This Is How Iranian Teenagers Are Fighting Back Against Clerical Oppression

It’s not exactly standard teenage hijinks. They’re not toilet-papering the Muslim cleric’s house or leaving a flaming bag of dog poop on his porch. But there’s a new game being played by Iranian teenagers that is sweeping social media and being imitated in every corner of the country.


The game involves running up behind a cleric, knocking his turban to the ground, and running away before anyone can catch the perpetrator.

Meanwhile, the protests show no signs of abating and, in fact, have picked up momentum in recent days after another Iranian woman was beaten to death by the regime’s Morality Police.


The Guardian:

IHR said on Saturday that at least 186 people have been killed in the crackdown on the Mahsa Amini protests, up by 10 from Wednesday.

It said another 118 people had lost their lives in distinct protests since 30 September in Sistan-Baluchistan, a mainly Sunni Muslim province in the south-east, presenting a further major headache for the regime.

IHR said security forces killed at least 16 people with live bullets when protests erupted after prayers on Friday in the town of Khash in Sistan-Baluchistan.

The violence by the regime is most intense in Sistan-Baluchistan and Kurdistan where the protests are ethnically based. Both the Baluchis and Kurds have been agitating for independence for generations and are using the unrest nationwide to press their cause. The regime’s response has been brutal, as evidenced by the live ammunition being used indiscriminately.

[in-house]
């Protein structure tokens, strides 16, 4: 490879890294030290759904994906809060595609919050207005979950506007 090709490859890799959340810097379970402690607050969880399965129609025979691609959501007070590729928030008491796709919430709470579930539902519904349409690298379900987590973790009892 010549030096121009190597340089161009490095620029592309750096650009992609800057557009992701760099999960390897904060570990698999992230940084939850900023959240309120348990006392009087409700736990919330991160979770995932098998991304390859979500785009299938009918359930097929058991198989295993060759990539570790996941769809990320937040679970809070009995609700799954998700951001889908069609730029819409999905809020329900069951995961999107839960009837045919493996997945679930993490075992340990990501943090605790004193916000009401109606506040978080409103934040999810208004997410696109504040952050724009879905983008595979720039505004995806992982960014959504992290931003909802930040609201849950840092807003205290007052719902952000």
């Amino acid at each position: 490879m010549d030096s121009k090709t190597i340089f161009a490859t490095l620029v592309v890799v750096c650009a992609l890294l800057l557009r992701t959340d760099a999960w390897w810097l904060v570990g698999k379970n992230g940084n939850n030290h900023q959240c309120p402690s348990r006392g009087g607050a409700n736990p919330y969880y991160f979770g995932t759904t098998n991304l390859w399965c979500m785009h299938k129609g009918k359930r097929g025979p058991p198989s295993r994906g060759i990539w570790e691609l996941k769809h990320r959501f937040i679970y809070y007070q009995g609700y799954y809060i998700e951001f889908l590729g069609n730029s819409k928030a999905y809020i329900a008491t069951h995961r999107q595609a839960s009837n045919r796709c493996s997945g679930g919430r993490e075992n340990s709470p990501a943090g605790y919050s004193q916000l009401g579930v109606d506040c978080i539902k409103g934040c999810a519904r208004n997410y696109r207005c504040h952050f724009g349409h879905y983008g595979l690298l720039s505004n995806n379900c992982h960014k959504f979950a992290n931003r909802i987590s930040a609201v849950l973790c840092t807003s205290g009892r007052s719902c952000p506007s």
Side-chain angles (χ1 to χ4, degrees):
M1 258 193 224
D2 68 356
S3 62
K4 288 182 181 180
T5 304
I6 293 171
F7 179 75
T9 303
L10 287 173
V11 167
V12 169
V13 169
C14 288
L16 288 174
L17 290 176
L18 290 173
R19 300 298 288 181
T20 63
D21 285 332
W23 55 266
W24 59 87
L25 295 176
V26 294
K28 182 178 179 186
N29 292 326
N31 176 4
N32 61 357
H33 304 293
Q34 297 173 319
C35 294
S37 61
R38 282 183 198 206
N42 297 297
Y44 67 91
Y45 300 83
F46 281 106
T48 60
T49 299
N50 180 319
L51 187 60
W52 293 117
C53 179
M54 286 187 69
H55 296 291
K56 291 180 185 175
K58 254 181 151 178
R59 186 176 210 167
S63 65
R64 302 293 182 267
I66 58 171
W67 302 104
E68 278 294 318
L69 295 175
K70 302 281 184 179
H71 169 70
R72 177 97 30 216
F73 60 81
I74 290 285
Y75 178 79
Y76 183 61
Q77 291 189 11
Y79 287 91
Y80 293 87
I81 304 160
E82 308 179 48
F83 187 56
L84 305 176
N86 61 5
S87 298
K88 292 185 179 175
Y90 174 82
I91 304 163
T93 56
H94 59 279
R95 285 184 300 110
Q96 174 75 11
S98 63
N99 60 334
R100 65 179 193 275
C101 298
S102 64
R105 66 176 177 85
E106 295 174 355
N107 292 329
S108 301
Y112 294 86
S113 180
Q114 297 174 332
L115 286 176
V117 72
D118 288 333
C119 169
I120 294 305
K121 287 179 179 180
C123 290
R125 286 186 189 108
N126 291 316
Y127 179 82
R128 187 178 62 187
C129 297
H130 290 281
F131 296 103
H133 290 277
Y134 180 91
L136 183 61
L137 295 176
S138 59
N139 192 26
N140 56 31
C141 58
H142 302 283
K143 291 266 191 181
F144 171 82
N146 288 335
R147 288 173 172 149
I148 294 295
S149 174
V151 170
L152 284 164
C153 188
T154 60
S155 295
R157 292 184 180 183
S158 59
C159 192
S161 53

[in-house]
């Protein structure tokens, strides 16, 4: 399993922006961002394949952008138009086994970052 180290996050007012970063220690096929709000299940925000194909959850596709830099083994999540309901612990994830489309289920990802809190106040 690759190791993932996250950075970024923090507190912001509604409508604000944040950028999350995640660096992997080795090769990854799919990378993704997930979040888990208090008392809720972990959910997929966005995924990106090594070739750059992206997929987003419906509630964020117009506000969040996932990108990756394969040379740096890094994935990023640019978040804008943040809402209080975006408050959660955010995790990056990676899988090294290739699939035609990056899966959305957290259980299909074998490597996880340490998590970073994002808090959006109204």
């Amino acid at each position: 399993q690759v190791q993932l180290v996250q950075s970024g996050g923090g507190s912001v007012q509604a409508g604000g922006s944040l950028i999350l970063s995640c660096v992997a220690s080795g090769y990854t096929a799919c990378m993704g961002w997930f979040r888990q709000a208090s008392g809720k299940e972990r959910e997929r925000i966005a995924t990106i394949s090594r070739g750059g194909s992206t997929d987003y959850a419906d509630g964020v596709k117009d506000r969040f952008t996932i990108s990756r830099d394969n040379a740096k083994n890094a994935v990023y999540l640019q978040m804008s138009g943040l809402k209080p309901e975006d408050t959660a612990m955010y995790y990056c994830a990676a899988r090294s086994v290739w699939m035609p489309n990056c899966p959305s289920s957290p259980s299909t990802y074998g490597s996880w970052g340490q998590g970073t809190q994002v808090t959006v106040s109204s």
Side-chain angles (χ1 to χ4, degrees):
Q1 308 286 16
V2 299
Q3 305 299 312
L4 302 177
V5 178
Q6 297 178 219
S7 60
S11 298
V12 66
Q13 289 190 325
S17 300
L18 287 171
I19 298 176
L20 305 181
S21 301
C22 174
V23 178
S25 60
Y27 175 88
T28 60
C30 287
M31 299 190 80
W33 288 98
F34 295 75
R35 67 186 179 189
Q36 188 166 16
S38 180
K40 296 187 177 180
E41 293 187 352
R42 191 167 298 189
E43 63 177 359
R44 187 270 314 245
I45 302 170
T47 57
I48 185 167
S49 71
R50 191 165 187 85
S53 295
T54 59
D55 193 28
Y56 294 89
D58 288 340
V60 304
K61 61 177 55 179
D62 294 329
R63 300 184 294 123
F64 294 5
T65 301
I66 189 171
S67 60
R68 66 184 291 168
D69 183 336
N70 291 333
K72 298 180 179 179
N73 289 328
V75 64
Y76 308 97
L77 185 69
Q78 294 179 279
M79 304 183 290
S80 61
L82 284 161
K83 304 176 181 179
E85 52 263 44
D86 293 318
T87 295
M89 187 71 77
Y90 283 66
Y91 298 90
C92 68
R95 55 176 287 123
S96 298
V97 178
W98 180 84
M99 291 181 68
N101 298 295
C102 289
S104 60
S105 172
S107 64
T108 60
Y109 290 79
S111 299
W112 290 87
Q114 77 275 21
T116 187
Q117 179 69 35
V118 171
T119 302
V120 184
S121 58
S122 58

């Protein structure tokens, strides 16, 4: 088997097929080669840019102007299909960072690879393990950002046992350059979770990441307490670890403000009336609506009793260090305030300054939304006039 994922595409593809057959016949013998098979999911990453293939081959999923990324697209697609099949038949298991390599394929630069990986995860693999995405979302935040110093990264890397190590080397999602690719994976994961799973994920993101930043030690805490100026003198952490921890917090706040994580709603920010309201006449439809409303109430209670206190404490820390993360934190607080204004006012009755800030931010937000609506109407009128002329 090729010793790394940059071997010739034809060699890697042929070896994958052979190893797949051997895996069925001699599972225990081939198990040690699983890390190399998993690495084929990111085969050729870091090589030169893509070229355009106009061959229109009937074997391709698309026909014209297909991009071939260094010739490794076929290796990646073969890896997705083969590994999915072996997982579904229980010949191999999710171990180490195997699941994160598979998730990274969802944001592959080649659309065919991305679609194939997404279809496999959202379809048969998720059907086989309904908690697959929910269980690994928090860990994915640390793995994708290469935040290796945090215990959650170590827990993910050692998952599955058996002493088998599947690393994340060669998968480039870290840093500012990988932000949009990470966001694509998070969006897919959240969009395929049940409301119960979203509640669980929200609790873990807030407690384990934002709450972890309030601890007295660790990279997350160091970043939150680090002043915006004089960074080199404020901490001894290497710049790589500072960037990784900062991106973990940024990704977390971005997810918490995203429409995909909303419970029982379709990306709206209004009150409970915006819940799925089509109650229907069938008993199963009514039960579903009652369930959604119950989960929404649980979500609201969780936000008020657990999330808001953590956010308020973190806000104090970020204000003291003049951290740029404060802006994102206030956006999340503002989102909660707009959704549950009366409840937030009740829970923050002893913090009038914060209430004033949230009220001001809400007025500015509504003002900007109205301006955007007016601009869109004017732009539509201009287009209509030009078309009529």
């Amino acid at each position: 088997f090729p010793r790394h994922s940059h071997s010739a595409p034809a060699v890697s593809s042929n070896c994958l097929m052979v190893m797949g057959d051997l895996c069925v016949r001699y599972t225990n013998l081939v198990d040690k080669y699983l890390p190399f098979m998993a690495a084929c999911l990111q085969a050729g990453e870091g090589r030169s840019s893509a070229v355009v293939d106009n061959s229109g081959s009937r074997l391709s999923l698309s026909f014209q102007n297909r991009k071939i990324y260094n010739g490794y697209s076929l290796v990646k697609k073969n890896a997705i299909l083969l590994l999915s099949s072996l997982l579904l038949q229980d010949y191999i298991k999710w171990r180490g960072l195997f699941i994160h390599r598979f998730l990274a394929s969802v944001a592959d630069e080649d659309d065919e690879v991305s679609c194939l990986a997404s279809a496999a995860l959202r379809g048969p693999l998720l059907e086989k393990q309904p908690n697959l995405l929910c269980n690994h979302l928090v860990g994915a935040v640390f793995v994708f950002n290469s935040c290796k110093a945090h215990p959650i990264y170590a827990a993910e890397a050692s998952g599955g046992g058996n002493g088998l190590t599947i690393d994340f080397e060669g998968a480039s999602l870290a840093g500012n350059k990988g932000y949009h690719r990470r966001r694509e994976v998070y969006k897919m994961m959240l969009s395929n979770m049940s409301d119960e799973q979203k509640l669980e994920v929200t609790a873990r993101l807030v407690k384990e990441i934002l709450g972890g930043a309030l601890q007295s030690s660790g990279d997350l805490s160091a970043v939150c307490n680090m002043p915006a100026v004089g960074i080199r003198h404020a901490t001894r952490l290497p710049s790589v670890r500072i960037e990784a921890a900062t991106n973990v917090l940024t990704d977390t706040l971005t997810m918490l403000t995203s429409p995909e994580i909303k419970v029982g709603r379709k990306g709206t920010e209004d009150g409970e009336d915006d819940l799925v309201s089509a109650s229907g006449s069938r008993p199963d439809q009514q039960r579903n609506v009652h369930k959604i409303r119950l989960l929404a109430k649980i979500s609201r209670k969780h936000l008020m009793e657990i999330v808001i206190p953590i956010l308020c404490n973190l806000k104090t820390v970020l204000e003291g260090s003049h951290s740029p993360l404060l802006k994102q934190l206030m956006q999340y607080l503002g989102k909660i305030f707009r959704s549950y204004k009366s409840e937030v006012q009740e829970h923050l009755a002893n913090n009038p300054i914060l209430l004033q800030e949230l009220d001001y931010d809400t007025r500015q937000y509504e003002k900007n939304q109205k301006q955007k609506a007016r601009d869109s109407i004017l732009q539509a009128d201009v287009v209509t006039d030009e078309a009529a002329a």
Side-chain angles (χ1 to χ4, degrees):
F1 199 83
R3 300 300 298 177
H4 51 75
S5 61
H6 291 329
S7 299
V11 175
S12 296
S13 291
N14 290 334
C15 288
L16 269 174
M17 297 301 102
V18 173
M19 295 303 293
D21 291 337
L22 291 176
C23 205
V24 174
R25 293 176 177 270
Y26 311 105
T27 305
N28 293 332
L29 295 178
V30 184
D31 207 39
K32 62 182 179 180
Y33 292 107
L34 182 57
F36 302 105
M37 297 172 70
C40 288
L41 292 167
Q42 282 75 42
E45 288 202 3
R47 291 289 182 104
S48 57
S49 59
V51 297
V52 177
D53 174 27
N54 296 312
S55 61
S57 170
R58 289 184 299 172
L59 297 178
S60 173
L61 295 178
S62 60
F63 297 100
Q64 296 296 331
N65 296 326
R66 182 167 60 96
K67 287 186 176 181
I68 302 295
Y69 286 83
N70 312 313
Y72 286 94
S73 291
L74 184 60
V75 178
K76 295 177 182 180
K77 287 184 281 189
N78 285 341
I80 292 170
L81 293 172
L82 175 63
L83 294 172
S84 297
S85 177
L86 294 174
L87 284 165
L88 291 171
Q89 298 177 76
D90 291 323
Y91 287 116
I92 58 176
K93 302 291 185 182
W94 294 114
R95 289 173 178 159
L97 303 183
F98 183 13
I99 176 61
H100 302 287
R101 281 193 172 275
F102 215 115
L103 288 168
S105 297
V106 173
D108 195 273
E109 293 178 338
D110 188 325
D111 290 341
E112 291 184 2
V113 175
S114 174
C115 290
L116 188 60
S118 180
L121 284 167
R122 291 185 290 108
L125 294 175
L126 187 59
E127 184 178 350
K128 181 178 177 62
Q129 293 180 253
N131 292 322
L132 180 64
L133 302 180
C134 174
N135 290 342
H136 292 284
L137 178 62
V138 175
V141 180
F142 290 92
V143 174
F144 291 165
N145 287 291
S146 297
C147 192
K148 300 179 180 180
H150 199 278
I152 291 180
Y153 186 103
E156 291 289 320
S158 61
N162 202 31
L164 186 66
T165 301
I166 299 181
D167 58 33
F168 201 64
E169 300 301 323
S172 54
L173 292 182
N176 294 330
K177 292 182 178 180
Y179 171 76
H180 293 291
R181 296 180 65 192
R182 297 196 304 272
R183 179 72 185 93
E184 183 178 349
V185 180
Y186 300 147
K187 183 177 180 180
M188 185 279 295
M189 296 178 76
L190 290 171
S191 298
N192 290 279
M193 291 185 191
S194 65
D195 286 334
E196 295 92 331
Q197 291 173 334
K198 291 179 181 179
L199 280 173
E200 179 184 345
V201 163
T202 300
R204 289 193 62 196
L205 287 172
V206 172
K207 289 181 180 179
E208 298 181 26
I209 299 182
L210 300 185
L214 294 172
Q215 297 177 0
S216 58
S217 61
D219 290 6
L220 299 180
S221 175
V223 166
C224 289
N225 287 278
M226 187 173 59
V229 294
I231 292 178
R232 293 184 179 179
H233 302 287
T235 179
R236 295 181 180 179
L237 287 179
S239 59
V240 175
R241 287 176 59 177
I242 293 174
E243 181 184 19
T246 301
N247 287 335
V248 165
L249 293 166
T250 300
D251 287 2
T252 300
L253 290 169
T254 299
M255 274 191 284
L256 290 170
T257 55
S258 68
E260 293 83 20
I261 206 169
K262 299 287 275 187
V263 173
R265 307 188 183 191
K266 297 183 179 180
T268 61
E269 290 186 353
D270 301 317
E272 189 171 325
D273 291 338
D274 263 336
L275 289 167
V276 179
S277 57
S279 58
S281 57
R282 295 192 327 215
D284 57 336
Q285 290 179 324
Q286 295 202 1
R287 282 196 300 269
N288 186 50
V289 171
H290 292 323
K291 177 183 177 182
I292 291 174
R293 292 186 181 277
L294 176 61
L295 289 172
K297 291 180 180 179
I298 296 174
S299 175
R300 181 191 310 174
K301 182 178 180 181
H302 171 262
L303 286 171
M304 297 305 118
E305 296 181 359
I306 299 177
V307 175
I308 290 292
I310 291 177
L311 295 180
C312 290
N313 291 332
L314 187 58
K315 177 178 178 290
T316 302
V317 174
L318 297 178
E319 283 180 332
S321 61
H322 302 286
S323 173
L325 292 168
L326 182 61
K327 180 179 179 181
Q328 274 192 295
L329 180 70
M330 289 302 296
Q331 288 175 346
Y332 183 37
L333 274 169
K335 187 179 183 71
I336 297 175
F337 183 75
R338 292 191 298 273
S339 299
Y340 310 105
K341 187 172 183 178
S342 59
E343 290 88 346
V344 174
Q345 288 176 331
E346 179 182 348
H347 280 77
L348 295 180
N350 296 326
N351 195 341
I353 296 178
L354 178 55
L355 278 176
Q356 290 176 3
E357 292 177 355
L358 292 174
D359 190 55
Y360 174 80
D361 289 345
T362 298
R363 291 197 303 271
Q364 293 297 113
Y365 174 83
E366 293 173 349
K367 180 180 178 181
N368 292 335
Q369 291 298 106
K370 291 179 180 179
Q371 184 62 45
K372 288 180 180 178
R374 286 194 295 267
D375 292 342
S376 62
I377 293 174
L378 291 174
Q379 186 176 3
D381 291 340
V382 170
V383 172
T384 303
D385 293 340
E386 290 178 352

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Meanwhile, Iranian lawmakers issued a call for protesters to be beheaded, calling them “enemies of God.”

Iran International:

The Iranian regime has so far charged several people with ‘moharebeh,’ “corruption on earth,” “assembly and collusion against national security” and “confrontation with the Islamic Republic” for participating in the protests.

Describing the current wave of popular protests as “riots,” the MPs claimed that “the US and other enemies” are inciting violence, organizing rallies, and providing financial support and weaponry to commandeer the protests. They also said “thugs and mobs” have killed tens of people and disrupted the security of the country.


The population is still relatively unarmed. And while the revolution that overthrew the Shah was mostly bloodless, that coup happened because the army refused to fire on protesters.

That won’t be a problem for the fanatically loyal Revolutionary Guards. And despite the oppression, a large plurality of the population still supports the clerical fascist dictatorship and agrees with the Iranian Majles that protesters should be beheaded.

Change will come very, very slowly to Iran.



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